John G. Zimmerman/Sports Illustrated via Getty Images

In 1977, Harris became the first female player to be drafted by an NBA team when the New Orleans Jazz selected her in the seventh round. Harris never considered going because she believed the selection was a publicity stunt. However, she did play in the short-lived Women’s Professional Basketball League. When the league folded, she returned to Delta State and worked as coach Margaret Wade’s assistant. When Wade retired, Harris was passed over for the head-coaching job when the school hired a white man to coach the team.

Harris told me during my visit that she was crushed at not having been asked to coach. She left Delta State and accepted the head women’s basketball coaching position at Texas Southern. The program lacked resources and institutional commitment. On top of that, she already had a son and was pregnant with twin girls. After two seasons, she was dismissed.

Harris’ legacy was already secured. She was part of the foundation of what exists today as women’s sports, in general, and basketball in particular.

Marquis said Harris knew that she was a role model and beacon for young girls. She knew she was a role model for young Black girls. “She was a role model for so many, part of a generation who played for love of the game. She was able to inspire people who weren’t basketball players, who weren’t athletes,” Marquis said. “All of us worked hard and humbly went on our way, happy that we had an education, happy that we could make our parents proud. She was the epitome of that.”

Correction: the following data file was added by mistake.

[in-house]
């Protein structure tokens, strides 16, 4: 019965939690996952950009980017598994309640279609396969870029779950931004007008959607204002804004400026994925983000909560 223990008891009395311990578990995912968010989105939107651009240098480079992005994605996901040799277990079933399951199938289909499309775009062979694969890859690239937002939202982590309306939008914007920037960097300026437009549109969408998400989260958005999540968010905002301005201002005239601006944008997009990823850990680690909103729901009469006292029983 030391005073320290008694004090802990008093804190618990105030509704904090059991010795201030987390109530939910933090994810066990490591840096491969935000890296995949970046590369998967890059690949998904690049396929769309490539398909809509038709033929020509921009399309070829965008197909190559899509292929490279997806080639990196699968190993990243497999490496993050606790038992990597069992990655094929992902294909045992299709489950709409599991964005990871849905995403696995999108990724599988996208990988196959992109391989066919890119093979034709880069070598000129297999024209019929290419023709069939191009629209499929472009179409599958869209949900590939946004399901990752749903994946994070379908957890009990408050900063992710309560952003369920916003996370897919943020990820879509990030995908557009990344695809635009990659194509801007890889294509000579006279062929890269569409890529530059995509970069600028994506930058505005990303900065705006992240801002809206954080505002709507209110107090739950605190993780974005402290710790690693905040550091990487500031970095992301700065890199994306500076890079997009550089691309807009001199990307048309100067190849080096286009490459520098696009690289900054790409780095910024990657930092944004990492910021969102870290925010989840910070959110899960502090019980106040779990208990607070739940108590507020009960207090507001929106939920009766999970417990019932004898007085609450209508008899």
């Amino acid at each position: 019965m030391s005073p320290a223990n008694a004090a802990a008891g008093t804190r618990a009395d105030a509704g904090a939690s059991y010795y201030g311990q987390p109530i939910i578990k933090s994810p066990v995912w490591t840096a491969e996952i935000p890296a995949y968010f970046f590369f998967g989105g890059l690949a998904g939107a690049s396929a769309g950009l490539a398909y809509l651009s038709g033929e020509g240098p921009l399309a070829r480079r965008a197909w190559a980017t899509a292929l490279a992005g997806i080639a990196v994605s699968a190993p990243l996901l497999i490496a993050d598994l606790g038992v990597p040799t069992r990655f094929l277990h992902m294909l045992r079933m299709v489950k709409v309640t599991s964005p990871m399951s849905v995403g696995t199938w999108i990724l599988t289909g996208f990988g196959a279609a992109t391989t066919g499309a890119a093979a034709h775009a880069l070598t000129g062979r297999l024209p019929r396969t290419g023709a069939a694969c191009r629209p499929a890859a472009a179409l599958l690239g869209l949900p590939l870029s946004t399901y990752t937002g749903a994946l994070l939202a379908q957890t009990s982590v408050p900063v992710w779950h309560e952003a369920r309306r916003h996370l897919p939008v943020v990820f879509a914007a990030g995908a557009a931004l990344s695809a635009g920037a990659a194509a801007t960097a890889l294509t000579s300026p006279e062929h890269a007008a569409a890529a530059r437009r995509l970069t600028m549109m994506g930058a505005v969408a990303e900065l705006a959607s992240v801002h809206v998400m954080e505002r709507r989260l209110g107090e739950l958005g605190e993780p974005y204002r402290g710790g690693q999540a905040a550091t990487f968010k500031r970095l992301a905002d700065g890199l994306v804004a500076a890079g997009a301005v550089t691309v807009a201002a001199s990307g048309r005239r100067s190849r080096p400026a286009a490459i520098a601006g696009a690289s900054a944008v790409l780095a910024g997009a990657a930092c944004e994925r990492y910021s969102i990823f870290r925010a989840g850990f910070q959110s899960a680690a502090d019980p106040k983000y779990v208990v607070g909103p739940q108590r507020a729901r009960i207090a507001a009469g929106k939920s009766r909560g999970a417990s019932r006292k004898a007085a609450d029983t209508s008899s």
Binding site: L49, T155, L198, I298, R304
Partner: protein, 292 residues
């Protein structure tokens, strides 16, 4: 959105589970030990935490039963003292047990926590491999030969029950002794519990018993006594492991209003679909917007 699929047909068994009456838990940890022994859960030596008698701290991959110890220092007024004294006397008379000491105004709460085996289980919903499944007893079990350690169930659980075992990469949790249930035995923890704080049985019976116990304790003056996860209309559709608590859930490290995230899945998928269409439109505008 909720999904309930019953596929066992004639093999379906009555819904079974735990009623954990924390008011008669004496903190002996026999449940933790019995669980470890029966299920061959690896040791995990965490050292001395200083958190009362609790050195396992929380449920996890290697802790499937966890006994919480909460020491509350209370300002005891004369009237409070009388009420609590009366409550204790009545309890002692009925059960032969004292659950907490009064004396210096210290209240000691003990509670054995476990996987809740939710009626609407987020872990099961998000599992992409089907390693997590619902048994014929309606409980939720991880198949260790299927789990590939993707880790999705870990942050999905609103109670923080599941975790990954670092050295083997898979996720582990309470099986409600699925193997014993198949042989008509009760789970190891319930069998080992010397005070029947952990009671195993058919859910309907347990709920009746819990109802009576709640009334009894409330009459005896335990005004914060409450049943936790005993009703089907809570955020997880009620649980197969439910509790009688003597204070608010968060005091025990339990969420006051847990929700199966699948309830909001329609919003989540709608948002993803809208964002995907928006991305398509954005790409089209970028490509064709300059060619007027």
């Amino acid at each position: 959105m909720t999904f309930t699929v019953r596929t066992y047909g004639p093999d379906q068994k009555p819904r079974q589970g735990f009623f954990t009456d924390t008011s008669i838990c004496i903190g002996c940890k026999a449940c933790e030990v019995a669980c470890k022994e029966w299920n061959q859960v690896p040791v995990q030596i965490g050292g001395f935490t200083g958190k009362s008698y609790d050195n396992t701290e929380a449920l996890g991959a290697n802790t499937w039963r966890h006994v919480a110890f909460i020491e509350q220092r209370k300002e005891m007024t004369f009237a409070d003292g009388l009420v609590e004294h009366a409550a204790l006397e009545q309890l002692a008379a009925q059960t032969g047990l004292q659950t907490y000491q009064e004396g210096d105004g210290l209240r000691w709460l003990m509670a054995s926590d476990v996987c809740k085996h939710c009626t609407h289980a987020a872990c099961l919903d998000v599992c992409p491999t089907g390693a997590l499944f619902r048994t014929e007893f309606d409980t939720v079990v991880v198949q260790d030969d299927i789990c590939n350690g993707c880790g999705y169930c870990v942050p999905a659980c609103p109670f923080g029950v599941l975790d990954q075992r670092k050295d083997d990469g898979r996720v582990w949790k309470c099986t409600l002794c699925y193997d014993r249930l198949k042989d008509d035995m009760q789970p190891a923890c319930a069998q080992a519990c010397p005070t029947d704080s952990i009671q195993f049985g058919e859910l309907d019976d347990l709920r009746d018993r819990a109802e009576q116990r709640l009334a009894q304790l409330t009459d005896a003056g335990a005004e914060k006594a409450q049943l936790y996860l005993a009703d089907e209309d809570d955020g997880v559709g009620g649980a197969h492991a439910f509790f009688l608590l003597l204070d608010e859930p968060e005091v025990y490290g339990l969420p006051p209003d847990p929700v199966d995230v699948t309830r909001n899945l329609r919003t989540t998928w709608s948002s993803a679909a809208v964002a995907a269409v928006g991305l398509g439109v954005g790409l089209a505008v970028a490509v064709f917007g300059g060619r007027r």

It would have been great had Harris been thrown parades and bouquets years ago, but she holds a special place in her home state. Marquis recalls going to Mississippi when one of Harris’ twin daughters got married. “As I’m going through the airport, there are posters of her,” Marquis recalled, referring to Harris. “She was known, and her state recognized her.”

Harris became the first Black woman inducted into the Basketball Hall of Fame in 1992. In 1999, she was one of 26 inaugural inductees into the Women’s Basketball Hall of Fame.

Services for Harris will be held at Delta State on Feb. 5. But if Delta State really wants to acknowledge Harris, the university should erect a statue in her honor. A statue would commemorate how an unassuming young lady from Minter City put the school on the map. It would be a timeless tribute to someone who simply wanted to be acknowledged.

William C. Rhoden, the former award-winning sports columnist for The New York Times and author of Forty Million Dollar Slaves, is a writer-at-large for Andscape.